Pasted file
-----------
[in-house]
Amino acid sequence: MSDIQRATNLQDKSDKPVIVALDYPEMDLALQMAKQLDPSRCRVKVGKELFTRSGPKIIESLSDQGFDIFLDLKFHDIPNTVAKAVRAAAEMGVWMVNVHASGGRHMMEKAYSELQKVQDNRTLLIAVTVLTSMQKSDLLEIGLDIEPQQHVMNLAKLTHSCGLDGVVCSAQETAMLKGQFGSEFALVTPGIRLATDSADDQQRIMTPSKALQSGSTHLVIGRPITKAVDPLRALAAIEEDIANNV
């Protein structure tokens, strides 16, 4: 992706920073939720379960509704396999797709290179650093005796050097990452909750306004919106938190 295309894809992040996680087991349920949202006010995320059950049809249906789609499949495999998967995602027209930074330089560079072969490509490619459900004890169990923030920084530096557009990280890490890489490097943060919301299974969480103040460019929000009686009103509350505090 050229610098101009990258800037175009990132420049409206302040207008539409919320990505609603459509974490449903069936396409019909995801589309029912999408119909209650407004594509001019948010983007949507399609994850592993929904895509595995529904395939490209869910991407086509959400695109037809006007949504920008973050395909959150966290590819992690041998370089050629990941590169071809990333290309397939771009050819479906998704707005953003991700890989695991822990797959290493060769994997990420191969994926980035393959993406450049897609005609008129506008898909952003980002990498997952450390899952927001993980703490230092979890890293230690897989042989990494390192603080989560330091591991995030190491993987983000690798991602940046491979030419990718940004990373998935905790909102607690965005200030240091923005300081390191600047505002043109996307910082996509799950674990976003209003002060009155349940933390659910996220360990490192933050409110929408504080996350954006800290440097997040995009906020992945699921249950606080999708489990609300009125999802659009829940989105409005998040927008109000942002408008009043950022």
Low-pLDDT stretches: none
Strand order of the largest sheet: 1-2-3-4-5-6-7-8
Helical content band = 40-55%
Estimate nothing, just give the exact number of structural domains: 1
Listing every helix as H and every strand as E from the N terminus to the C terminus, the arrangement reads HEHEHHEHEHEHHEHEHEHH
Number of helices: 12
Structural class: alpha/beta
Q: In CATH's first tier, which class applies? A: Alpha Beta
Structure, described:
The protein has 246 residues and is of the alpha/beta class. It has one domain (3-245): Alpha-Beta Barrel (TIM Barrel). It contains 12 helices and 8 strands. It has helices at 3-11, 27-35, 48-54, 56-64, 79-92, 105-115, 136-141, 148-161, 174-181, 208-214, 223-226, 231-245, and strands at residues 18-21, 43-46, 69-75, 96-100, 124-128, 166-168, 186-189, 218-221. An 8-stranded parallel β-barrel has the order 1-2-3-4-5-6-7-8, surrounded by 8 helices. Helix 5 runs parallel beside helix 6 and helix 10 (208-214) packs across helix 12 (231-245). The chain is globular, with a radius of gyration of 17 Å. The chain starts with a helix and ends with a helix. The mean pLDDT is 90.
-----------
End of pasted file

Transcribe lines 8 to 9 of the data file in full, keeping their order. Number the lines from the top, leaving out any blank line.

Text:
Listing every helix as H and every strand as E from the N terminus to the C terminus, the arrangement reads HEHEHHEHEHEHHEHEHEHH
Number of helices: 12